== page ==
Two years ago, at Clareity’s MLS Executive Workshop, MLSListings (the 16,000 member regional MLS serving the greater San Jose area) presented its study of Off-MLS Transactions, evaluating how common the practice was in their market and demonstrating the economic harm caused to consumers. At the 2014 MLS Executive Workshop, CoreLogic presented a wider study, although it still covered only 5% of the country, and the subsequent Inman News article raised awareness further. But everyone knows that “real estate is local,” so now MLSs around the country are beginning to consider replicating the original MLSListings study in their market. Understanding the scope of the practice and the harm that may be caused to consumers is necessary if an MLS is to discuss the trend with membership at the local market level. Such studies may also inform further discussions at the national level.
This article describes MLSListings’ method of performing that evaluation at the local MLS level:
1. Pull all sales for SFR, Townhome and Condo from tax records within settlement date range.
– Exclude all records with blank price field
– Manual scrub for non-applicable transaction records
– Format County APNs to match MLS data record APN (varies by County)
2. Pull MLS data for same time period
3. Match APNs, eliminate duplicate records. Output is properties sold off-MLS.
4. Median prices for MLS and off MLS are compared by geographic data
Manual review of county records data can further improve quality of comparison. Known examples include:
- Individual cases in which each unit in a multi-unit property is recorded with the price of the entire property (e.g. 200+ condos in San Jose for $118 million each). These were manually removed upon discovery following reasonable review.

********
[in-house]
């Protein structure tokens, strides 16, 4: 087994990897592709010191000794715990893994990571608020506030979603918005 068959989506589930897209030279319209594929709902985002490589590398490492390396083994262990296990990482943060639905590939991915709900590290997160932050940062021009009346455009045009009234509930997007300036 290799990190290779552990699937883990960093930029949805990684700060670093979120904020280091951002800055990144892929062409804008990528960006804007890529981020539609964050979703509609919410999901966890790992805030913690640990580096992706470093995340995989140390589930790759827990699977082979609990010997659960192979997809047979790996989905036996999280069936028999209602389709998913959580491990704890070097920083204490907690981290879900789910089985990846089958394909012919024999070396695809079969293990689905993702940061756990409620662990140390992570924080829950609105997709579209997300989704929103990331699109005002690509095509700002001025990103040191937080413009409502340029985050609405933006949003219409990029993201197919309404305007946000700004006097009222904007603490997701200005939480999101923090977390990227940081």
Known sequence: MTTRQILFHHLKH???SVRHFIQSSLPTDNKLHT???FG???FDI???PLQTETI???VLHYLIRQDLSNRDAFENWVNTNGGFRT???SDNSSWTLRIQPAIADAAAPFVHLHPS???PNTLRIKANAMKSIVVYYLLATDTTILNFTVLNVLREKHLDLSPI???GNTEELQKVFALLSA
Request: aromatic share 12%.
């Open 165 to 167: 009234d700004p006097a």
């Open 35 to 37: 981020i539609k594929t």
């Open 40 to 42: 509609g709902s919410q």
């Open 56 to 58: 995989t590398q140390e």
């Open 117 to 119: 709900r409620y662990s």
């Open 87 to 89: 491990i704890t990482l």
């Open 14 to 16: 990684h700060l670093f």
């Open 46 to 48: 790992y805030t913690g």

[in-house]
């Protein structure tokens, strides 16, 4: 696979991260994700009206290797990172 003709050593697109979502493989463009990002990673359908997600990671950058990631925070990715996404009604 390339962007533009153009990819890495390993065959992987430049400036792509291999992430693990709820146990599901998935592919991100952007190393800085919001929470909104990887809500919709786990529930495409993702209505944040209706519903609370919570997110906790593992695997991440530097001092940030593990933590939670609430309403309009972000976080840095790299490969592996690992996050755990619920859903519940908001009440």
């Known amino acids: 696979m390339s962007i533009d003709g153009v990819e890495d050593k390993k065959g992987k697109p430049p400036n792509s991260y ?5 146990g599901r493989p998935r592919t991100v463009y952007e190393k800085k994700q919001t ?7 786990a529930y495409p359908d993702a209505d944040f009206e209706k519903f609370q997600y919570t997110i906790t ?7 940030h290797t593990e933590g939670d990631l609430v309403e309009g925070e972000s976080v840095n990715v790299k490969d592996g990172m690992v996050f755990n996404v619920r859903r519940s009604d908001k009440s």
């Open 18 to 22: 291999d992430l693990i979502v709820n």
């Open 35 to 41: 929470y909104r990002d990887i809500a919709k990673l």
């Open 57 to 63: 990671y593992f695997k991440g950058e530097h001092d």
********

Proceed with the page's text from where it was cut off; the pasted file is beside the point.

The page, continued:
- Individual cases in which transactions are recorded as full grant deeds, yet upon further inspection, sale price is well below the reasonable lower limit of a comparable property, buyer/seller are similar entities, etc. Manual scrub for such cases yielded approximately 3 percent of transactions falling within these conditions, deemed within an acceptable range of deviation.
- County record data represents all sales within a time period and a given geographic area
- County classifications of SFR, Condo and Townhome correspond to same classifications within MLS system
- County record data ‘settlement date’ is the best available match to MLS ‘COE date’
- APN number is the best available match to compare identical records in county data and MLS system data
- Where final sale price is withheld in the MLS record, last list price is substituted as the best available match
- Eliminating county records with blank price fields is the best available method to remove ‘nominal transactions’ – such as quit claim, inter-family trusts and similar deed transfers
If you think you have a way to improve the MLSListings process, please share it here!
Share this post: